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Here's my Code:

NSString *js =[NSString stringWithFormat:@"document.getElementsByTagName('body')[0].innerHTML = '<h1>%@</h1>';",s];
[pageView stringByEvaluatingJavaScriptFromString:js];

pageView is a UIWebView already loaded with an html document. I want it to show the NSString s. However, when this function is called, the visible html stays the same. I know s has a value because it is printing properly to the console one line above this. If I replace "%@" with say, "poot", "poot" appears in the h1 tag of the html as it should.

Shouldn't I be able to send s to the html like this?


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What is the expected content of s? If it makes your JavaScript syntactically invalid, that could cause this problem.

share|improve this answer
Interesting. If I change s to a short, single-word NSString before this is called, it does work. I am not sure why what was there would invalidate it though. The existing value of s is text data pulled from a p tag in a different html document. It's a bit of a longer string, being a whole paragraph, but that shouldn't invalidate the js. – Chris Nov 11 '10 at 15:55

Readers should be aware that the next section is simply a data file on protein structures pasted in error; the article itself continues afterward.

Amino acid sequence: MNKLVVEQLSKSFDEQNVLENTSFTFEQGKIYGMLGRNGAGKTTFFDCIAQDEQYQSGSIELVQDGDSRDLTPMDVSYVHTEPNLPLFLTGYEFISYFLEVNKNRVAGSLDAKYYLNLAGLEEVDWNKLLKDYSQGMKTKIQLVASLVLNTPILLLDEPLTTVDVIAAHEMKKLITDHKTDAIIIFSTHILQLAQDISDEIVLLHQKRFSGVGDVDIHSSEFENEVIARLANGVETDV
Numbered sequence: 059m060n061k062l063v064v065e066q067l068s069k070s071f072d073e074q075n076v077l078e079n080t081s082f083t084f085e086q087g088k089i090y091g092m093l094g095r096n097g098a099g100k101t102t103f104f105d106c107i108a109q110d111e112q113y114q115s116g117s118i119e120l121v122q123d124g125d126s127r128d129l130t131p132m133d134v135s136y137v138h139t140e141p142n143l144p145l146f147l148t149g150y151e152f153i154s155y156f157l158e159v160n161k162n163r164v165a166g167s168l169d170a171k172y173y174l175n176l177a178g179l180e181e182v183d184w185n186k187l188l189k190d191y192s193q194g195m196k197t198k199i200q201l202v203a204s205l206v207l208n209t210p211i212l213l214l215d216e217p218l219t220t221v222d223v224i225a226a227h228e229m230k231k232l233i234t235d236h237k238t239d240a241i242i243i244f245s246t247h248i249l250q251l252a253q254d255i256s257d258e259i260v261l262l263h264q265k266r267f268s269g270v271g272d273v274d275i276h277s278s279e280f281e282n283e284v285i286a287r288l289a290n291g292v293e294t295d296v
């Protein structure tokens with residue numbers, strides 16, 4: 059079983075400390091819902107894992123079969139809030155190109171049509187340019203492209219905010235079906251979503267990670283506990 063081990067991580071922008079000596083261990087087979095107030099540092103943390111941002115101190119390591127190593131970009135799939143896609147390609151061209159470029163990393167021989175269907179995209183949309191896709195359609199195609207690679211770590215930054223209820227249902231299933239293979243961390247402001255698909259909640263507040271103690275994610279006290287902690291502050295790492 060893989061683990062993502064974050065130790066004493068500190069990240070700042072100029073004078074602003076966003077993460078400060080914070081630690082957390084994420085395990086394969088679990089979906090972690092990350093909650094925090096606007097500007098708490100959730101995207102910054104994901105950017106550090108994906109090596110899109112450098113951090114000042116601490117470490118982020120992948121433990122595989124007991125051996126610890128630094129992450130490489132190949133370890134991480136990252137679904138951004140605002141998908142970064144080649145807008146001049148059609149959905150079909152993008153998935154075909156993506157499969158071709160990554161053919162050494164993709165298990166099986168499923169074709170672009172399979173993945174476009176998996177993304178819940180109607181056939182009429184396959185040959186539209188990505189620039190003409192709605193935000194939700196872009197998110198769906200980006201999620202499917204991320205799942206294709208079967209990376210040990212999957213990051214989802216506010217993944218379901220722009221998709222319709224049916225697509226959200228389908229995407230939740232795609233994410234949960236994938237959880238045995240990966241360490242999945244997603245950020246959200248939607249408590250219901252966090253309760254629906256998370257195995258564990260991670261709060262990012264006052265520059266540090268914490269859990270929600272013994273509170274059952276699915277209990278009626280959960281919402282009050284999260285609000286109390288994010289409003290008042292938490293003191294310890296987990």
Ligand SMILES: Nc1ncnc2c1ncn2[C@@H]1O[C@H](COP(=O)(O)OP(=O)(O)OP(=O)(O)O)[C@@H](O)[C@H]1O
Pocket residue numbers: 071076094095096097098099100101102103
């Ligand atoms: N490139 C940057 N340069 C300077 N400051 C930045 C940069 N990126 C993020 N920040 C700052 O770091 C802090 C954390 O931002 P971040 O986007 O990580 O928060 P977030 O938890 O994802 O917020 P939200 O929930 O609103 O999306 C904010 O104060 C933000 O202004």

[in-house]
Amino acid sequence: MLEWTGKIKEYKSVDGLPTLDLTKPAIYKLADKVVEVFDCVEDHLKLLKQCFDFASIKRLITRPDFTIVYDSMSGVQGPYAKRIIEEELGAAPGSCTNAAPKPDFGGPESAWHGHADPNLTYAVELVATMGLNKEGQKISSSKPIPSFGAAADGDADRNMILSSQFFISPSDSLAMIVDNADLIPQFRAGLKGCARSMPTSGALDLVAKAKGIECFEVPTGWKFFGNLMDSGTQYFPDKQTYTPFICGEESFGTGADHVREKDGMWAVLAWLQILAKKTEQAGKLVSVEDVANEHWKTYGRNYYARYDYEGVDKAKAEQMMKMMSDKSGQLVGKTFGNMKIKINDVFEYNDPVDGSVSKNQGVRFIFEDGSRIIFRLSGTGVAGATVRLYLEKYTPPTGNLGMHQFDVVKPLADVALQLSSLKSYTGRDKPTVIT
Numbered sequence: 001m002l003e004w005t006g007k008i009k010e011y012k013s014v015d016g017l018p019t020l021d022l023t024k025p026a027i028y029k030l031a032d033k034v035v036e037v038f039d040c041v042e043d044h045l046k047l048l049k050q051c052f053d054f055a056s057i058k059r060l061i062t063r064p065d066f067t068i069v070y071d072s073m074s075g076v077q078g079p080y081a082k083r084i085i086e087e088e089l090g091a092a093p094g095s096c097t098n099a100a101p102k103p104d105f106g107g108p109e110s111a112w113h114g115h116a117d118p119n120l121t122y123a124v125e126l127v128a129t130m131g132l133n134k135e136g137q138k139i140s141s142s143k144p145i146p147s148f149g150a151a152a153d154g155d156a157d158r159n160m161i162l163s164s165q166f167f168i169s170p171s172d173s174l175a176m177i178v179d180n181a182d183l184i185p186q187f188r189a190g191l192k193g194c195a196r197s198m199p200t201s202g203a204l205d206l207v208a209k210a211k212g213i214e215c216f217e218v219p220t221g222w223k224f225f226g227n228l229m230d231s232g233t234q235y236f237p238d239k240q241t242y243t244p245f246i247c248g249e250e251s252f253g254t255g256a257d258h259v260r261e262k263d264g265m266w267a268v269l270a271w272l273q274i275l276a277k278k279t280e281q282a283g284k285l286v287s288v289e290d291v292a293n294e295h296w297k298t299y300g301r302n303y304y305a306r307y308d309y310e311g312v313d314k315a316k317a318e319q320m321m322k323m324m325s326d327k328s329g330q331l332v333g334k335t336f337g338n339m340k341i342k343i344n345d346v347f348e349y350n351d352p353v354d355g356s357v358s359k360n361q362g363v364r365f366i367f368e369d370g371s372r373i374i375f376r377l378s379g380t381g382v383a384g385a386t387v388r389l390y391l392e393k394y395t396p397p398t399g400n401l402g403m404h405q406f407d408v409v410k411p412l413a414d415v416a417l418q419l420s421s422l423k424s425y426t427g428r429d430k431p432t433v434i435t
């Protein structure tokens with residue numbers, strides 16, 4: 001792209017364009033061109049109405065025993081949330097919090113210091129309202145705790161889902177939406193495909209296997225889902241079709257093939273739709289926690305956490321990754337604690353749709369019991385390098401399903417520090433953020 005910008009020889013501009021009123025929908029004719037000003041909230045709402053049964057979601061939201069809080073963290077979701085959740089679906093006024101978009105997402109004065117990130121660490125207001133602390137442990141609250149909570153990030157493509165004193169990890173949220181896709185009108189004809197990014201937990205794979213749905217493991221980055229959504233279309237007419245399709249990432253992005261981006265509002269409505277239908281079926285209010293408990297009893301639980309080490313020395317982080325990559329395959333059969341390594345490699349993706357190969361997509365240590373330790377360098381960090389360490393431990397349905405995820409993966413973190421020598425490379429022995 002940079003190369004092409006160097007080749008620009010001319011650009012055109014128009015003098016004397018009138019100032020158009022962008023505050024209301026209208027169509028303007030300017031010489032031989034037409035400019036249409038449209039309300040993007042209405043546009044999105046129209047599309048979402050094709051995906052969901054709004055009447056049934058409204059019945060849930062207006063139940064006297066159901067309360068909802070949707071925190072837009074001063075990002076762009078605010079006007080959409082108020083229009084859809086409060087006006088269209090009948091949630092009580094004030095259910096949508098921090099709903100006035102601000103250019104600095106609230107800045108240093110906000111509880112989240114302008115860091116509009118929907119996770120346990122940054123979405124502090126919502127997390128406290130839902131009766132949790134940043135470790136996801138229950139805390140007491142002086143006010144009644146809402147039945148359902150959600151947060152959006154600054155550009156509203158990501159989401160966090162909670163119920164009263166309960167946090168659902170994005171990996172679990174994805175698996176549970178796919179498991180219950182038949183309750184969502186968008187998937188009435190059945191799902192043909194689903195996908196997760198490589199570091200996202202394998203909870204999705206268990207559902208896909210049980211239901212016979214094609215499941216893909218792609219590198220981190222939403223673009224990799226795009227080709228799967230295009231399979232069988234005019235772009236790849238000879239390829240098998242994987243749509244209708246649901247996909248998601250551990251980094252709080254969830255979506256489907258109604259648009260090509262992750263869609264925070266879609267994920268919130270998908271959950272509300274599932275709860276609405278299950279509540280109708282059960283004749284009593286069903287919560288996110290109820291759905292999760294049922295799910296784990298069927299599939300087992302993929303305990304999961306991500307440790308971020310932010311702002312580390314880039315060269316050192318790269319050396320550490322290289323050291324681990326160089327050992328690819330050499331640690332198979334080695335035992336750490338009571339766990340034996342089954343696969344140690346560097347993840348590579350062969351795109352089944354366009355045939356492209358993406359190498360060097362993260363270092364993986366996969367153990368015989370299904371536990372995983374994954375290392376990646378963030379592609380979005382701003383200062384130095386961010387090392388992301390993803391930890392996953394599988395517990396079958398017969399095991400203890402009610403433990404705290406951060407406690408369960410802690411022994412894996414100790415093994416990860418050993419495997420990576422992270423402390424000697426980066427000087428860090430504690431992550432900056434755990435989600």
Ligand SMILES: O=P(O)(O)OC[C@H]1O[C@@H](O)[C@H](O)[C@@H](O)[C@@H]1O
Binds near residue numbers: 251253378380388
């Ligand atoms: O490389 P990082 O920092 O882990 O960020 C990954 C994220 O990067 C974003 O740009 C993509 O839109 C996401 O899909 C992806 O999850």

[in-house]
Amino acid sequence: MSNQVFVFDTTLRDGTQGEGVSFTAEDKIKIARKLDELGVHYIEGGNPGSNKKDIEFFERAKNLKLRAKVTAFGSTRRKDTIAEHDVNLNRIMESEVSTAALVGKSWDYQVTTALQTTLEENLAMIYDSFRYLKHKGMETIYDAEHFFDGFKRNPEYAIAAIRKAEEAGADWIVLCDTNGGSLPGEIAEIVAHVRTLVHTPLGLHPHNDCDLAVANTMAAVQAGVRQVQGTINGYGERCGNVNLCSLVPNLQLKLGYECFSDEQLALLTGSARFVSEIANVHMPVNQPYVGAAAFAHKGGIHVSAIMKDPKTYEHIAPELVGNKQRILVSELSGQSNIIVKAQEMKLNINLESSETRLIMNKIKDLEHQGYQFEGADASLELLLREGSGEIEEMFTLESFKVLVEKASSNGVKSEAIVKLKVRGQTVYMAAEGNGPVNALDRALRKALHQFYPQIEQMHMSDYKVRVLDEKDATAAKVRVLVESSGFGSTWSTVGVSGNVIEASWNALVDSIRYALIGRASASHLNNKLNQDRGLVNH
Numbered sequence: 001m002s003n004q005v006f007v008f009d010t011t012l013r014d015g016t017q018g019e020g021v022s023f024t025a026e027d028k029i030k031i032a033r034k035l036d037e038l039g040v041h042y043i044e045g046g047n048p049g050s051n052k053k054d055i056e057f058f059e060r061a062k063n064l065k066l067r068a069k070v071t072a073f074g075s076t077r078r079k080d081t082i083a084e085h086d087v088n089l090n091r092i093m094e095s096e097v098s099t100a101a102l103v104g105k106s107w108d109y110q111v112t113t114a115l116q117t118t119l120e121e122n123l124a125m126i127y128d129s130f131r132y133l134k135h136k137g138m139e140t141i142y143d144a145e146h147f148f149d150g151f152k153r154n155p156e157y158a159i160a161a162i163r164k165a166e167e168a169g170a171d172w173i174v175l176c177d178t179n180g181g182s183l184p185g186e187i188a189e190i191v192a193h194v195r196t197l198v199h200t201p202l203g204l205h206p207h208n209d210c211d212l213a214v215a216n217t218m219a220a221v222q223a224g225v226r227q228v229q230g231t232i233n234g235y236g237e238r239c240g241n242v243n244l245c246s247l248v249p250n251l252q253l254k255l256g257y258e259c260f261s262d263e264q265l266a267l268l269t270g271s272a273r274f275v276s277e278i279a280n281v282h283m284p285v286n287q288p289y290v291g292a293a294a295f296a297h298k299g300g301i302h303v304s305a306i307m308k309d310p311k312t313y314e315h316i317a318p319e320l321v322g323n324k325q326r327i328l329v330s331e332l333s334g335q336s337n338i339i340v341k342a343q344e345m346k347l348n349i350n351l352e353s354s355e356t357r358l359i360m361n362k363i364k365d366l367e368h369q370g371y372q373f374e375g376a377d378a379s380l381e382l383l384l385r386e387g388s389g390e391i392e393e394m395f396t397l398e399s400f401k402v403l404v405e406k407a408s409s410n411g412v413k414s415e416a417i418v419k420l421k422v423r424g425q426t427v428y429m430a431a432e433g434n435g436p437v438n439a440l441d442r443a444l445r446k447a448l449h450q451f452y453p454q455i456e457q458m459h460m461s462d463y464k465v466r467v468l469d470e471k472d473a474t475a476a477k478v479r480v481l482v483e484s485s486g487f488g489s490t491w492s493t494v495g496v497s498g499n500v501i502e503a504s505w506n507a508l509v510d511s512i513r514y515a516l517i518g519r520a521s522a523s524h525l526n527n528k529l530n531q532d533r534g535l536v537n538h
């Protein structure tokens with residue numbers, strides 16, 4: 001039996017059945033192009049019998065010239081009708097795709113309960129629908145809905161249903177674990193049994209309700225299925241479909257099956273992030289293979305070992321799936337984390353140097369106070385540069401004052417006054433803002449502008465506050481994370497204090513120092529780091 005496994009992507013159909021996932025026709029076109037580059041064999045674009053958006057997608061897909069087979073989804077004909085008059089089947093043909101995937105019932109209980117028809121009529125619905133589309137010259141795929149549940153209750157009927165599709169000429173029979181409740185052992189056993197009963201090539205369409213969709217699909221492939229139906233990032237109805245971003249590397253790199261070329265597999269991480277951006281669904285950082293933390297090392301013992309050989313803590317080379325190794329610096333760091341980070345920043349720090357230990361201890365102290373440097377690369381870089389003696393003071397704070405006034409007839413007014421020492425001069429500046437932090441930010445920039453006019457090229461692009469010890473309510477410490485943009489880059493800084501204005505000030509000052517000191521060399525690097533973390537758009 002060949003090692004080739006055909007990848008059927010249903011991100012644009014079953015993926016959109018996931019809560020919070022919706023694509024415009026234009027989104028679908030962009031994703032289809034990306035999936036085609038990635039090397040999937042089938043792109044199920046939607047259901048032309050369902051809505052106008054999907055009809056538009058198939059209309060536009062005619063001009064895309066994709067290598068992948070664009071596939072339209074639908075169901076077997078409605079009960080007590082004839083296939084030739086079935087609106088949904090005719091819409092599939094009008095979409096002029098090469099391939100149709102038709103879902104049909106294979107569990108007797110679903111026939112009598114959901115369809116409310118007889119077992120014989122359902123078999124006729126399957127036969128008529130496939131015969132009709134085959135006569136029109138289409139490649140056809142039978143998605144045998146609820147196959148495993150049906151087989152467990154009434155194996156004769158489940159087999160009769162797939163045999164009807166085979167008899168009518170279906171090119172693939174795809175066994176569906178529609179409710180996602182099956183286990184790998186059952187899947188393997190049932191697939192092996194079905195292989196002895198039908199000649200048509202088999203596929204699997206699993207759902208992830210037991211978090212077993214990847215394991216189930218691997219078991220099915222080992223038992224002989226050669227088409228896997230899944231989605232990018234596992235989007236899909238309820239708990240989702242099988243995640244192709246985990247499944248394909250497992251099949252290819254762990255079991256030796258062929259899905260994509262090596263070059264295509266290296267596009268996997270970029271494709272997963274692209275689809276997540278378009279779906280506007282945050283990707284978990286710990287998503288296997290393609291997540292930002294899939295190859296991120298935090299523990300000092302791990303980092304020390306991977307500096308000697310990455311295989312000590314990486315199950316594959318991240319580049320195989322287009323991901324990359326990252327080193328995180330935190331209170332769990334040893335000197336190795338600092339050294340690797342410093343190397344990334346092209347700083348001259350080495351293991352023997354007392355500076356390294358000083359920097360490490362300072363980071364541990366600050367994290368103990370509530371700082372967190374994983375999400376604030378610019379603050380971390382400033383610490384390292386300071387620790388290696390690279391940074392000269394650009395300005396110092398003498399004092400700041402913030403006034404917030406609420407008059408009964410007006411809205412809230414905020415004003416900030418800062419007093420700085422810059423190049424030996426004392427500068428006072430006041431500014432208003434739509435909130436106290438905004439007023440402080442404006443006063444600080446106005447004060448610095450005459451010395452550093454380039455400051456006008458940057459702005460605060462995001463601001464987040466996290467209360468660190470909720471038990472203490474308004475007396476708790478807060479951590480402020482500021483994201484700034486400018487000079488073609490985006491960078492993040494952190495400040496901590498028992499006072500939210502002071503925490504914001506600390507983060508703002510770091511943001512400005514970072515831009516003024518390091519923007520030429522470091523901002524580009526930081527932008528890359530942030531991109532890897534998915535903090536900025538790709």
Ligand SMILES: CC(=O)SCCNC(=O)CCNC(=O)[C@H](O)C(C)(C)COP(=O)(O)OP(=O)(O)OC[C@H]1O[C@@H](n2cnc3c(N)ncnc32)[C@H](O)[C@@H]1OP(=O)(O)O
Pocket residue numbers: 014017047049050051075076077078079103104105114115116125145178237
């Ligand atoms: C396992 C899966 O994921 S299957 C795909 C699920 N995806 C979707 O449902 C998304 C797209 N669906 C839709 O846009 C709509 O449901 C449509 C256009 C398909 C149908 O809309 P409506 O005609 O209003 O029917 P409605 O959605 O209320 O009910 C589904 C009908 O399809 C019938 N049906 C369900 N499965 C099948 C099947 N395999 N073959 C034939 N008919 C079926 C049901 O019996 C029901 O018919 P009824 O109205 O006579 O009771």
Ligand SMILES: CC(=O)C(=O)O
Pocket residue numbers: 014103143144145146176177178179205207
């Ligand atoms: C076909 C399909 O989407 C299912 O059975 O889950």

Unless it contains newlines, or single quote characters. Don't forget, the resultant JavaScript string must be a fully valid program fragment. – Adam Wright Nov 11 '10 at 15:58
S does contain single quotes, used as apostrophes in the paragraph. It also uses "&#8212;" for "-" characters. I figured if I passed it this way it would just go through as a string literal. – Chris Nov 11 '10 at 16:12
So your JavaScript ends up reading as document.getElementsByTagName('body')[0].innerHTML = '<h1>I'm testing</h1>', which is parsed as document.getElementsByTagName('body')[0].innerHTML = '<h1>I' then ` m testing/h1>'`, which is syntactically invalid. You'll need to escape the quotes, or use double quoting. – Adam Wright Nov 11 '10 at 16:20
Thanks, will try this out. Will the special character codes give me any trouble? – Chris Nov 12 '10 at 18:06

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